Decision No. 17,954
Decision No. 17,954
(January 6, 2021)
The Seubert Law Firm, PLLC, attorneys for petitioners, David E. Seubert, Esq., of counsel
Harris Beach PLLC, attorneys for respondent, Laura M. Purcell, Esq. of counsel
ROSA., Interim Commissioner.--Petitioners appeal the determination of the Board of Education of the Hilton Central School District (“respondent”) to impose discipline upon their son (the “student”). The appeal must be dismissed.
Given the disposition of this appeal, a detailed recitation of the facts is unnecessary. At all times herein, petitioners’ son was a tenth-grade student in respondent’s district. In a letter dated September 26, 2019, the district charged the student with “conduct endangering the health, welfare, safety and/or morals of others, and disorderly conduct” when
On or around 9/23/2019, [the student] used a vaporizing device containing an intoxicant while on district transportation. Additionally, [the student] touched another female student on parts of her body without her consent. Lastly, [the student] requested that this female student touch his genital area.
In a separate letter dated September 26, 2019, petitioners were advised that respondent would convene a long-term suspension hearing on September 30, 2019. The hearing, presided over by a hearing officer, convened as scheduled. The hearing officer found the student guilty of the charges against him on the record based upon his admission to such charges. Additionally, in a written recommendation dated October 1, 2019, the hearing officer recommended that the student be found guilty of the charges against him and that he be suspended for 20 weeks. The superintendent adopted these recommendations.
On November 4, 2019, petitioners appealed this determination to respondent. In a letter dated November 14, 2019, respondent indicated that, at a meeting on November 12, 2019, it had voted to deny petitioners’ appeal. This appeal ensued. Petitioners’ request for interim relief was denied on December 18, 2019.
Petitioners allege that the student is a student with a disability and that respondent’s discipline of the student violated the Individuals with Disabilities Educational Act (“IDEA”) and Section 504 of the Rehabilitation Act of 1973 (“Section 504”). Petitioners further argue that the decision to impose a 20-week out of school suspension was “arbitrary, capricious and grossly out of proportion to the charges ... against him.” Petitioners further contend that the student’s suspension violates 8 NYCRR §201.7(e), which precludes a district from placing a student with a disability in an interim alternative educational setting (“IAES”) for more than 45 days. Petitioners additionally argue that the two-hour daily tutoring afforded to the student while serving his out-of-school suspension is “wholly inadequate.” For relief, petitioners request expungement of the student’s record as well as: (1) “immediate institution” of an individualized education plan (“IEP”) and “Section 504 Evaluation”; (2) “all procedural safeguards” owed to the student as a student with a disability; and (3) “immediate release” of the student to “participate in school sports.”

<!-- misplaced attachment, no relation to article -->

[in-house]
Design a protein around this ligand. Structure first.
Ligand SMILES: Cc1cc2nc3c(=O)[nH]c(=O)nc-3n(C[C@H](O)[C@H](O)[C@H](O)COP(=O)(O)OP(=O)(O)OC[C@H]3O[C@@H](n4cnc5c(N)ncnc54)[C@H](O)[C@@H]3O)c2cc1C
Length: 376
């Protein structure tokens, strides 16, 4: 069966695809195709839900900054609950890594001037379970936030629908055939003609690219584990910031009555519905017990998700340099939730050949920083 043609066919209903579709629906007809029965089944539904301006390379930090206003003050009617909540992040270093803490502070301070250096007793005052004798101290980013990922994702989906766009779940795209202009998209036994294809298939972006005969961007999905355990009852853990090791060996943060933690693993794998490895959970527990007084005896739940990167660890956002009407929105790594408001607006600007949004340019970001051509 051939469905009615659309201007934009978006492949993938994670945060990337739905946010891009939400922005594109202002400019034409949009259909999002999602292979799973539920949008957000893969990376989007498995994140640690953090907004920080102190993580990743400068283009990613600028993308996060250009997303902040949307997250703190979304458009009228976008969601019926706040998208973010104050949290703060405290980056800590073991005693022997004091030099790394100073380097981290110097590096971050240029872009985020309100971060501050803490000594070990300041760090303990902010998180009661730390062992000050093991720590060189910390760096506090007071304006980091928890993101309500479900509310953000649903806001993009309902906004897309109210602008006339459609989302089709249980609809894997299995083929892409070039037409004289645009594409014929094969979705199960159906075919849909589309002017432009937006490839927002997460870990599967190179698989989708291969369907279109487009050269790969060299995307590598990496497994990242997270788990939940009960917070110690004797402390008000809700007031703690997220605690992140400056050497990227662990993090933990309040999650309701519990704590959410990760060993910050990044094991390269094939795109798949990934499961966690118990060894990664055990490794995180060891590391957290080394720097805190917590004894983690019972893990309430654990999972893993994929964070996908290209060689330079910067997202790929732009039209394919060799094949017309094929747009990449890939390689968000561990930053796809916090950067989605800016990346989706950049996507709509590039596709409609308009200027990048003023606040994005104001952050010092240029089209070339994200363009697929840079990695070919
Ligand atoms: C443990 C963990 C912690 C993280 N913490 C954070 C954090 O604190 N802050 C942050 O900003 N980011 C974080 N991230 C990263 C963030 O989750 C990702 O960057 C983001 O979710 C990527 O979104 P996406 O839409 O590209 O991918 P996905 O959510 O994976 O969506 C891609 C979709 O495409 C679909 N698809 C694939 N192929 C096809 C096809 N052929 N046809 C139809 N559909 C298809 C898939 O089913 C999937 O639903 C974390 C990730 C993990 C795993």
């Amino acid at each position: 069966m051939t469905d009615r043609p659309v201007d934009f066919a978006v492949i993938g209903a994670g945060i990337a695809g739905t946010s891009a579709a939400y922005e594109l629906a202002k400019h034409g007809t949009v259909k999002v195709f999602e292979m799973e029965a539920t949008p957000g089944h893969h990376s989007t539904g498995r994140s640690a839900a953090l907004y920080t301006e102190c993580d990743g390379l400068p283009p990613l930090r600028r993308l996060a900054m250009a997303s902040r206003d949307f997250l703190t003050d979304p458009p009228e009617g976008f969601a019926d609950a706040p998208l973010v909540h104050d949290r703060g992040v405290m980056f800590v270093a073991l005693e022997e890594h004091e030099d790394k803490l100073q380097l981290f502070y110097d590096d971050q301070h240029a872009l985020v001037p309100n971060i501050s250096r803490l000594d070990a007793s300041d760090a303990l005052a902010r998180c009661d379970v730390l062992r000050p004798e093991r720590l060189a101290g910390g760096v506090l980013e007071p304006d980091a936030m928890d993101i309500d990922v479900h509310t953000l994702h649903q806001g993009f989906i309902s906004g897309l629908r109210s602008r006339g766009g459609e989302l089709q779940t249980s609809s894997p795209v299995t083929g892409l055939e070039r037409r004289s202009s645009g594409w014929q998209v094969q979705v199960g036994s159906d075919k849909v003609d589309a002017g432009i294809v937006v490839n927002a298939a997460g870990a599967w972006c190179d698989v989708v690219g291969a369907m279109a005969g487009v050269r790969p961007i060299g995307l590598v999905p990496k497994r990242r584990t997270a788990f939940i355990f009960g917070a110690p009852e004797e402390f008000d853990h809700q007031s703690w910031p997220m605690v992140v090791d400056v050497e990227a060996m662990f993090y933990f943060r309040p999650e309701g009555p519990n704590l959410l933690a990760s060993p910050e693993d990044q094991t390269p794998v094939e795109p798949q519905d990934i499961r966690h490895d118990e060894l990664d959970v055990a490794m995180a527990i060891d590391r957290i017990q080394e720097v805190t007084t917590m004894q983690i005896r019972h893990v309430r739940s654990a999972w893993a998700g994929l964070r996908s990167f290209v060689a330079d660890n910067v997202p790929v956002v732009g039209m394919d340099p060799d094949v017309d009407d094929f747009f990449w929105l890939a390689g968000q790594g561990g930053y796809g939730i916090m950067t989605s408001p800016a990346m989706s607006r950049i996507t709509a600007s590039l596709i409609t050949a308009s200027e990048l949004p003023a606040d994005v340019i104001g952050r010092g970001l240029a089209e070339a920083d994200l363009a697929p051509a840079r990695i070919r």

Respondent contends that petitioners’ IDEA and Section 504 claims must be dismissed for lack of jurisdiction. Respondent further asserts that its suspension of the student was appropriate, and the student has received adequate alternative education.
First, I must address a procedural issue. The purpose of a reply is to respond to new material or affirmative defenses set forth in an answer (8 NYCRR §§275.3 and 275.14). A reply is not meant to buttress allegations in the petition or to belatedly add assertion that should have been in the petition (Appeal of Caswell, 48 Ed Dept Rep 472, Decision No. 15,920; Appeal of Hinson, 48 id. 437, Decision No. 15,908; Appeal of Baez, 48 id. 418, Decision No. 15,901). Therefore, while I have reviewed the reply, I have not considered those portions containing new allegations or exhibits that are not responsive to new material or affirmative defenses set forth in the answer.